Menton Bank

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MENTON BANK
OVERVIEW
A large regional bank seeks to develop a stronger customer orientation and deliver more services through electronic technology instead of human tellers. Three branches have been selected as test sites for a new customer service program. Tellers, whose job was previously defined in operational terms, are now known as customer service representatives (CSRs) and are expected to engage in limited selling of the bank’s growing array of services. This move to a selling role has been resisted by one CSR, Karen Mitchell, who is outstanding at the operational aspects of her job. When she applies for the position of head CSR, management must decide how much emphasis to place on selling versus operational skills, since another candidate is outstanding at selling. STUDY QUESTIONS

1. Identify the steps taken by Menton Bank (MB) to develop a stronger customer orientation in its retail branches. 2. How would you compare and contrast the jobs of CAR and CSR? How important is each to (a) bank operations and (b) customer satisfaction? 3. Evaluate the strengths and weaknesses of Karen Mitchell and other candidates for head CSR. 4. What action do you recommend for filling the head CSR position? ANALYSIS

1. What steps has Menton Bank taken to develop a customer orientation in its branches?
Students must distinguish between new financial products (not describe specifically in the case) and new or improved delivery systems designed to reach out to customers. Delivery Improvements, Innovations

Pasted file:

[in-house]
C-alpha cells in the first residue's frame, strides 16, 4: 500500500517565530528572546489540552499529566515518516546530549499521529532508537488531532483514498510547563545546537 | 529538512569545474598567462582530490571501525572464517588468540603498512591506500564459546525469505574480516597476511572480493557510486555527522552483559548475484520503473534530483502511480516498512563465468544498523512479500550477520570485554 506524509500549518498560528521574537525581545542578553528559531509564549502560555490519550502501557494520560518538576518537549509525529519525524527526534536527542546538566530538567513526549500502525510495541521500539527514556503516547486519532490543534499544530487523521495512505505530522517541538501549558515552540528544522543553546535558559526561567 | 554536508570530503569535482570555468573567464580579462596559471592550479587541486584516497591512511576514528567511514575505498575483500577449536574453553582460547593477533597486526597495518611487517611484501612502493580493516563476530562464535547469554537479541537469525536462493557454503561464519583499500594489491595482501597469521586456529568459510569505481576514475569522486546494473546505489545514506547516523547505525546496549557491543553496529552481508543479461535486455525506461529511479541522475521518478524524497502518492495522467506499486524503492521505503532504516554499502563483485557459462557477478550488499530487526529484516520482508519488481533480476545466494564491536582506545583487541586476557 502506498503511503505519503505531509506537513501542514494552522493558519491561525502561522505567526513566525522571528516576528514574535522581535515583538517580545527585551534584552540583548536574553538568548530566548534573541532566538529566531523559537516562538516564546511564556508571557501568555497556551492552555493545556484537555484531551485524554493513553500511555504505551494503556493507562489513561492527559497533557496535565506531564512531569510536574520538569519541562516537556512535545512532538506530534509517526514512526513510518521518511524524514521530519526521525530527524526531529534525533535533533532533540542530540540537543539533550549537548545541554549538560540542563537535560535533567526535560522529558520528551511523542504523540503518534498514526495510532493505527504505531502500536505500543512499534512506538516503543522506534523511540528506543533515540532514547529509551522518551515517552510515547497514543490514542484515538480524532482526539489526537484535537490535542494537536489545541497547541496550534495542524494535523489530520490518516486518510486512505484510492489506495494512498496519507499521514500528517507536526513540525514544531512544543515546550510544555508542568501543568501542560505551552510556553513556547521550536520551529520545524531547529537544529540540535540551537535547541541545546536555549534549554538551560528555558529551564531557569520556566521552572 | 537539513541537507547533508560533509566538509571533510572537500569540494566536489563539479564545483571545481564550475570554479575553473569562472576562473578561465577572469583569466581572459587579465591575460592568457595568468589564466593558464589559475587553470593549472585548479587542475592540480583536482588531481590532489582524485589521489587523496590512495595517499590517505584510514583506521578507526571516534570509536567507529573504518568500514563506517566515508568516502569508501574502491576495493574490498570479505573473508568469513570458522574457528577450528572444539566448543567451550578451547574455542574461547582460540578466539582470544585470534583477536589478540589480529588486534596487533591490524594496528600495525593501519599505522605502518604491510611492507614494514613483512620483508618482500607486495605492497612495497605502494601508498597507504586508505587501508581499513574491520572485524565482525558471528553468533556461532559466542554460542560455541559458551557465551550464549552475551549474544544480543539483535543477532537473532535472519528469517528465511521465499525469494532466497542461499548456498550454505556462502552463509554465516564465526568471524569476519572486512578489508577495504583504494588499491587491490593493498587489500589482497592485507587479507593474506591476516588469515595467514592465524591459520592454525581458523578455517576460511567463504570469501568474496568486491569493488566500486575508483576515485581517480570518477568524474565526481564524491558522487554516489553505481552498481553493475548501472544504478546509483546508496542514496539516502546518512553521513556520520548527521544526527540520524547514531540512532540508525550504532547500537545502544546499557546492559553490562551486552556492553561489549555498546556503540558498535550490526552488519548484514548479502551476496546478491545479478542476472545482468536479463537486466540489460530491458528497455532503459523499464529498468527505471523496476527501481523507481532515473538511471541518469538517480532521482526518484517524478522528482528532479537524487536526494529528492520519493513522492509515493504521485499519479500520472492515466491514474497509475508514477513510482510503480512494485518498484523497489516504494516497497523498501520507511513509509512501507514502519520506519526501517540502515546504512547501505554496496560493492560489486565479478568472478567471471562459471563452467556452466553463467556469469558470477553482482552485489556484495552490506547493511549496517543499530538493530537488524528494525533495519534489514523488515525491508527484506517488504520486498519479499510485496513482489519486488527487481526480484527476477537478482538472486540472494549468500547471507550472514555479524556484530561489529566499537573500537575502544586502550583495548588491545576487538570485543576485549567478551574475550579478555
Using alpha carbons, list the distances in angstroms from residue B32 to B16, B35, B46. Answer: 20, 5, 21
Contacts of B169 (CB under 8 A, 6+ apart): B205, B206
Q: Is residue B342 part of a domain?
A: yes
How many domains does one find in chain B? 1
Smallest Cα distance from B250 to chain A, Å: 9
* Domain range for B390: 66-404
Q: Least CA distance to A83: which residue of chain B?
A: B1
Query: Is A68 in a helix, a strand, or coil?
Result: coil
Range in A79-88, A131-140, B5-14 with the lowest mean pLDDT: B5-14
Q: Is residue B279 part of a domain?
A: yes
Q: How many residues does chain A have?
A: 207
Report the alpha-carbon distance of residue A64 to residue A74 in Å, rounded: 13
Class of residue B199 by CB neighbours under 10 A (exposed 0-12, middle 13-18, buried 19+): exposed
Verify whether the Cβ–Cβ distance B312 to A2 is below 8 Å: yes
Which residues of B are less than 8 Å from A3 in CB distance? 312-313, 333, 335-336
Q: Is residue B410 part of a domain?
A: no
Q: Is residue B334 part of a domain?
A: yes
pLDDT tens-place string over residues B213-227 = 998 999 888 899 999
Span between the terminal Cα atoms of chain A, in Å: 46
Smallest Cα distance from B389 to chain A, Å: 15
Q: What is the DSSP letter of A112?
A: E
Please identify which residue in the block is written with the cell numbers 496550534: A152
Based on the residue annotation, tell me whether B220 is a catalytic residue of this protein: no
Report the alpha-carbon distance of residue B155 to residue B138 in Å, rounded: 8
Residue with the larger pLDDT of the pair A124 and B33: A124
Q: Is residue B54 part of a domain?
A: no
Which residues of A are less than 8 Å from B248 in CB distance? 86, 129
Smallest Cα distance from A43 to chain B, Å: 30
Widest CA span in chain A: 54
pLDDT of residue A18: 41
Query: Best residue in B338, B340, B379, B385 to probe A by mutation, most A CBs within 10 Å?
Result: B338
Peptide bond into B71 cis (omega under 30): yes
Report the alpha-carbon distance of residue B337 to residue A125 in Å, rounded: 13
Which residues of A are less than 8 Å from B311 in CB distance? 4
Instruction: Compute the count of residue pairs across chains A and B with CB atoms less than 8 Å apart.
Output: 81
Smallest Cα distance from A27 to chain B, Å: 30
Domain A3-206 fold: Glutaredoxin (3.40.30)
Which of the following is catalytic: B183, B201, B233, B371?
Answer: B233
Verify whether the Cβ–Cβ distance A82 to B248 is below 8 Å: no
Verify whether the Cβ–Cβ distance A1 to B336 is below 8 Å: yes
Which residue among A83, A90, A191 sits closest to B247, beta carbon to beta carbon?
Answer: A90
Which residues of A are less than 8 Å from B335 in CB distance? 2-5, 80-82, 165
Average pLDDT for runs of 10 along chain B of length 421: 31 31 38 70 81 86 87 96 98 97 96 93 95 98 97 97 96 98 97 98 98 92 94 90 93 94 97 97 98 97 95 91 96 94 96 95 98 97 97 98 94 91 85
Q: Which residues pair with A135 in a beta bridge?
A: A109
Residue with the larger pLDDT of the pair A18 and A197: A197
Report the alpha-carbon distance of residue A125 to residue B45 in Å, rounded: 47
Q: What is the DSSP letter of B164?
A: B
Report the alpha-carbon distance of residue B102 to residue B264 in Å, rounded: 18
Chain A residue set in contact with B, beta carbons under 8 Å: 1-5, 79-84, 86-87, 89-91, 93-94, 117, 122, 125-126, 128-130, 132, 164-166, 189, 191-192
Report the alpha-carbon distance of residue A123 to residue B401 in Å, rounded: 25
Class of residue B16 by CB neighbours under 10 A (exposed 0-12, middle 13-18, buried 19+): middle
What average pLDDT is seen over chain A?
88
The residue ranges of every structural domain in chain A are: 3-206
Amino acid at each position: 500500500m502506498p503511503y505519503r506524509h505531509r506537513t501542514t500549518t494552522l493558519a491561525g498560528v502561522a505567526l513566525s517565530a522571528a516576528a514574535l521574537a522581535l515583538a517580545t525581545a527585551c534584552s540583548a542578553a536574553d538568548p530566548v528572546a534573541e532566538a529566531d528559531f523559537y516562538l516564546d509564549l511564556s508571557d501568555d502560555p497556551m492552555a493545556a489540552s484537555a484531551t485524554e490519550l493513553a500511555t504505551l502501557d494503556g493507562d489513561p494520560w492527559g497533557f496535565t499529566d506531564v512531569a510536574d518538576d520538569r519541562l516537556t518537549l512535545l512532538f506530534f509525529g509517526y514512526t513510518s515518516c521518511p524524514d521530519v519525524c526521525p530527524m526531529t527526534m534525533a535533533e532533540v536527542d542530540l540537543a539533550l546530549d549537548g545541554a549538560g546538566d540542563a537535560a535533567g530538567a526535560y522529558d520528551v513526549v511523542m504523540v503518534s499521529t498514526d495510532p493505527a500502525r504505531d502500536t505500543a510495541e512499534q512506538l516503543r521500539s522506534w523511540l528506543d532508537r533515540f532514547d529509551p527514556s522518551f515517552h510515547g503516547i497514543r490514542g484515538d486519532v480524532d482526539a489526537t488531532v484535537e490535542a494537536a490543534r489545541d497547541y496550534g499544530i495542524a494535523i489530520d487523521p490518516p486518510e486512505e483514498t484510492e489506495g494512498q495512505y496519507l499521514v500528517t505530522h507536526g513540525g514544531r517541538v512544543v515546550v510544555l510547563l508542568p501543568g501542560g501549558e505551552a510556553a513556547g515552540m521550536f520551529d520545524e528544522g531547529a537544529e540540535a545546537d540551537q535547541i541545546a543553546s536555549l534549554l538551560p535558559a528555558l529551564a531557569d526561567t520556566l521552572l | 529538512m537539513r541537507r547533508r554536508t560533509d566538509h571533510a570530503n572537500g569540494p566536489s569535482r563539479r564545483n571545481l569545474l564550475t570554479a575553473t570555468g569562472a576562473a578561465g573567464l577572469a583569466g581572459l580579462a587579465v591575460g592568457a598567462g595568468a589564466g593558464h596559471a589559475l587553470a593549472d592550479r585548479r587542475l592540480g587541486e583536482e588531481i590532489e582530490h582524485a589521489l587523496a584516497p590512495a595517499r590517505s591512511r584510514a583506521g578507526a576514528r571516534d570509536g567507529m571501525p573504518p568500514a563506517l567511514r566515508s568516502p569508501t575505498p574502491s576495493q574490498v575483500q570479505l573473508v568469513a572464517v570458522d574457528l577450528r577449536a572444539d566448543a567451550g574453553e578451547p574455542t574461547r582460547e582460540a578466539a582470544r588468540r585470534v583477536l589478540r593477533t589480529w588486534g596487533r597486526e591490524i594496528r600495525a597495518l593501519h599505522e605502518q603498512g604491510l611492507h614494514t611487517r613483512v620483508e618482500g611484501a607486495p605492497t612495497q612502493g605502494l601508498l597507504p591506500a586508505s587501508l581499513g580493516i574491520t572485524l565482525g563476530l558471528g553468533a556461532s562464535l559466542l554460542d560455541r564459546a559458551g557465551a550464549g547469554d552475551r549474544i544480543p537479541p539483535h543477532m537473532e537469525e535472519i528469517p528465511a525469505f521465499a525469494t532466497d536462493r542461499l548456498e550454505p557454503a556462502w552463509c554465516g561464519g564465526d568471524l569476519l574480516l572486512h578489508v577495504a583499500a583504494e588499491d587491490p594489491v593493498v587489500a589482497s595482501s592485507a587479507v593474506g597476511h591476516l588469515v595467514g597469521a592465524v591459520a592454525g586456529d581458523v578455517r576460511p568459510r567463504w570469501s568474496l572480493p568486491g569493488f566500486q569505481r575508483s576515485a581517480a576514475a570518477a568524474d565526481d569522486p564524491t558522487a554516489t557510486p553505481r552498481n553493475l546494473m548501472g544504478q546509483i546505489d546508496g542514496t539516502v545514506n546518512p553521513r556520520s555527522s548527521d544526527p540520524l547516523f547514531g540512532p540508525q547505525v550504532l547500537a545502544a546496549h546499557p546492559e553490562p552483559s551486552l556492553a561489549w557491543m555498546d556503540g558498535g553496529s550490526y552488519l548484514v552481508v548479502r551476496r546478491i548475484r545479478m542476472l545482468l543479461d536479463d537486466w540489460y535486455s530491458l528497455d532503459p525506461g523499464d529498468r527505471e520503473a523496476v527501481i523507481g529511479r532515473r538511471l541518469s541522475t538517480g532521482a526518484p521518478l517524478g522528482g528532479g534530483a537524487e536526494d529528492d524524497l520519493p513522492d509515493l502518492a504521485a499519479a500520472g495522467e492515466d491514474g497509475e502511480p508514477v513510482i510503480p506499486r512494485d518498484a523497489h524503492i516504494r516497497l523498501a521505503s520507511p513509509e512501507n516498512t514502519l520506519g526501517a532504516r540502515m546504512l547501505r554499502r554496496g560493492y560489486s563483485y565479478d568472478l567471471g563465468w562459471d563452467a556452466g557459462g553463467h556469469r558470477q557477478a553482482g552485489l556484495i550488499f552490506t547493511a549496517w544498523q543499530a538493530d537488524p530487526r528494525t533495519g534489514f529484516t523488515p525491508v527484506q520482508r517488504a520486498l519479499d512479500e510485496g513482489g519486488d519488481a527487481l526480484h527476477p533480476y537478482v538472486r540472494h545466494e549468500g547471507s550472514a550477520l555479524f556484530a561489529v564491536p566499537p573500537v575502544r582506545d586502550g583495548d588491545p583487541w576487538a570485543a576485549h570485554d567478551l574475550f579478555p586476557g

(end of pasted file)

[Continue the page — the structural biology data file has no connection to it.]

• Remodeling and renovation of “new look” branches
• Counters redesigned to provide full/express service
• Staffing levels varied to match variations in demand for service by customers • Customer service information desks located near entrance • Touch-screen information terminals installed near entrance, remodeling, and renovation of “new look” branches (“friendly yet professional”) • Introduction of advanced model ATMs with color touch screens, capable of broader array of transactions in multiple languages • Number of ATMs in branches has been tripled

• Access to several ATM networks with numerous convenient locations • Automated 24/7 telephone banking
• Automated telephone banking available 24/7 for some services. • Central customer service office can be reached by phone weekdays 8 a.m. to 8 p.m. and Saturdays 8 a.m. to 2 p.m., possibility of expansion to 24/7 • Home banking by Internet provides online access to accounts via bank’s Web site, newly redesigned to be the region’s most “user friendly,” testing use of web-enabled services for customers with digital cell phones • Issuing new credit cards with RFID which allows customers to wave cards near special readers rather than insert them in slot, thus saving time and effort Staff Innovations

• New training programs for staff to generate improved product knowledge, selling skills, greater professionalism • New staff job titles signal changes in approach
• New job descriptions signify much increased emphasis on high quality service recognizing customer needs, cross selling, maintaining good customer relations • Use of both “carrot and stick“ approaches to motivate CSRs to engage in consultative selling (i.e. referrals to CARs) • Plans to close smaller branches, however will not be seen as user friendly by all customers Compare and Contrast the Jobs of CAR and CSR.

[A supplementary question: How Have the Jobs Changed?] can be assigned or raised in class. You may wish to ask students to compare and contrast the old and new job descriptions in the Appendix to the case, pp. 574–576. Tellers have always had a marketing role, but it was never explicitly recognized as such. We can examine this in marketing mix terms: Product. Tellers/CSRs are part of the service experience for the customer, but an operational imperative may have made some clerks insensitive to customer needs and concerns. New training programs try to achieve more...
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